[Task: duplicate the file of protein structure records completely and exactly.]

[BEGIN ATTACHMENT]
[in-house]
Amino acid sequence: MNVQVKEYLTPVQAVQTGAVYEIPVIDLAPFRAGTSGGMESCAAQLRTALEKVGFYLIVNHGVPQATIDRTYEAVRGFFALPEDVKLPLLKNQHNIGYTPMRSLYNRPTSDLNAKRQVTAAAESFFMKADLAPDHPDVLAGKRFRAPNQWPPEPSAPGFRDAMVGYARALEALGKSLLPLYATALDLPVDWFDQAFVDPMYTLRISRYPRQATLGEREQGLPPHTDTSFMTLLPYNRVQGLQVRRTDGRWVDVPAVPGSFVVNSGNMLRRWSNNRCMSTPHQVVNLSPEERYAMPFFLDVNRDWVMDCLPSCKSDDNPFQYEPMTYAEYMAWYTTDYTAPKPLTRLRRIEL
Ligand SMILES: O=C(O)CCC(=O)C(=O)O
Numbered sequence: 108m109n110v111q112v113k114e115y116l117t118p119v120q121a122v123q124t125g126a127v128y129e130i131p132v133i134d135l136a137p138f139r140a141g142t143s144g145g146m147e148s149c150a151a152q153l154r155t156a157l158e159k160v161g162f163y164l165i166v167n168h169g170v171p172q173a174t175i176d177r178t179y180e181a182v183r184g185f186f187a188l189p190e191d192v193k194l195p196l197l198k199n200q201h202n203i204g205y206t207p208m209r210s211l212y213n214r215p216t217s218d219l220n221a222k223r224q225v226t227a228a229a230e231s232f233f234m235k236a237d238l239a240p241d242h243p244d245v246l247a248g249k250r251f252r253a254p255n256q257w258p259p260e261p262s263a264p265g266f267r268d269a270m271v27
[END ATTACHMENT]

[in-house]
Amino acid sequence: MNVQVKEYLTPVQAVQTGAVYEIPVIDLAPFRAGTSGGMESCAAQLRTALEKVGFYLIVNHGVPQATIDRTYEAVRGFFALPEDVKLPLLKNQHNIGYTPMRSLYNRPTSDLNAKRQVTAAAESFFMKADLAPDHPDVLAGKRFRAPNQWPPEPSAPGFRDAMVGYARALEALGKSLLPLYATALDLPVDWFDQAFVDPMYTLRISRYPRQATLGEREQGLPPHTDTSFMTLLPYNRVQGLQVRRTDGRWVDVPAVPGSFVVNSGNMLRRWSNNRCMSTPHQVVNLSPEERYAMPFFLDVNRDWVMDCLPSCKSDDNPFQYEPMTYAEYMAWYTTDYTAPKPLTRLRRIEL
Ligand SMILES: O=C(O)CCC(=O)C(=O)O
Numbered sequence: 108m109n110v111q112v113k114e115y116l117t118p119v120q121a122v123q124t125g126a127v128y129e130i131p132v133i134d135l136a137p138f139r140a141g142t143s144g145g146m147e148s149c150a151a152q153l154r155t156a157l158e159k160v161g162f163y164l165i166v167n168h169g170v171p172q173a174t175i176d177r178t179y180e181a182v183r184g185f186f187a188l189p190e191d192v193k194l195p196l197l198k199n200q201h202n203i204g205y206t207p208m209r210s211l212y213n214r215p216t217s218d219l220n221a222k223r224q225v226t227a228a229a230e231s232f233f234m235k236a237d238l239a240p241d242h243p244d245v246l247a248g249k250r251f252r253a254p255n256q257w258p259p260e261p262s263a264p265g266f267r268d269a270m271v27